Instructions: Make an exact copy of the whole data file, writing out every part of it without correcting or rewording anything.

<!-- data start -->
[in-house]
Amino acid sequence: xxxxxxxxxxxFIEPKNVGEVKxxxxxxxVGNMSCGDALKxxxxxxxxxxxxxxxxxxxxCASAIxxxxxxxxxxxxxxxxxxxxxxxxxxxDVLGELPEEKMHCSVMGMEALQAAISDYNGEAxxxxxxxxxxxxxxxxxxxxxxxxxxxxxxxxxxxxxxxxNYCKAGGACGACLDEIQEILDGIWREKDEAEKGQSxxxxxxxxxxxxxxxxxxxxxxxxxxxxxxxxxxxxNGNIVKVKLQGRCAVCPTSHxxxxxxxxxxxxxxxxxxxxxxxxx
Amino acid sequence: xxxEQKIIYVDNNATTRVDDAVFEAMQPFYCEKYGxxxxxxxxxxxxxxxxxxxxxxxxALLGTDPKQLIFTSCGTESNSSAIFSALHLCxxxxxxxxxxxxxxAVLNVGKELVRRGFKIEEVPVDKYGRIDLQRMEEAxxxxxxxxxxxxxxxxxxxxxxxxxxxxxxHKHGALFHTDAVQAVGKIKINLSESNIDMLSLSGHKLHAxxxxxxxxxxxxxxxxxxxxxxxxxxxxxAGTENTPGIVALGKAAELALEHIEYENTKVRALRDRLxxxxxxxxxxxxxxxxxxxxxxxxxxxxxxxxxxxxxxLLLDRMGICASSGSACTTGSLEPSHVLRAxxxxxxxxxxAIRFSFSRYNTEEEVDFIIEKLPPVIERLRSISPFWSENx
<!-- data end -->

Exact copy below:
[in-house]
Amino acid sequence: xxxxxxxxxxxFIEPKNVGEVKxxxxxxxVGNMSCGDALKxxxxxxxxxxxxxxxxxxxxCASAIxxxxxxxxxxxxxxxxxxxxxxxxxxxDVLGELPEEKMHCSVMGMEALQAAISDYNGEAxxxxxxxxxxxxxxxxxxxxxxxxxxxxxxxxxxxxxxxxNYCKAGGACGACLDEIQEILDGIWREKDEAEKGQSxxxxxxxxxxxxxxxxxxxxxxxxxxxxxxxxxxxxNGNIVKVKLQGRCAVCPTSHxxxxxxxxxxxxxxxxxxxxxxxxx
Amino acid sequence: xxxEQKIIYVDNNATTRVDDAVFEAMQPFYCEKYGxxxxxxxxxxxxxxxxxxxxxxxxALLGTDPKQLIFTSCGTESNSSAIFSALHLCxxxxxxxxxxxxxxAVLNVGKELVRRGFKIEEVPVDKYGRIDLQRMEEAxxxxxxxxxxxxxxxxxxxxxxxxxxxxxxHKHGALFHTDAVQAVGKIKINLSESNIDMLSLSGHKLHAxxxxxxxxxxxxxxxxxxxxxxxxxxxxxAGTENTPGIVALGKAAELALEHIEYENTKVRALRDRLxxxxxxxxxxxxxxxxxxxxxxxxxxxxxxxxxxxxxxLLLDRMGICASSGSACTTGSLEPSHVLRAxxxxxxxxxxAIRFSFSRYNTEEEVDFIIEKLPPVIERLRSISPFWSENx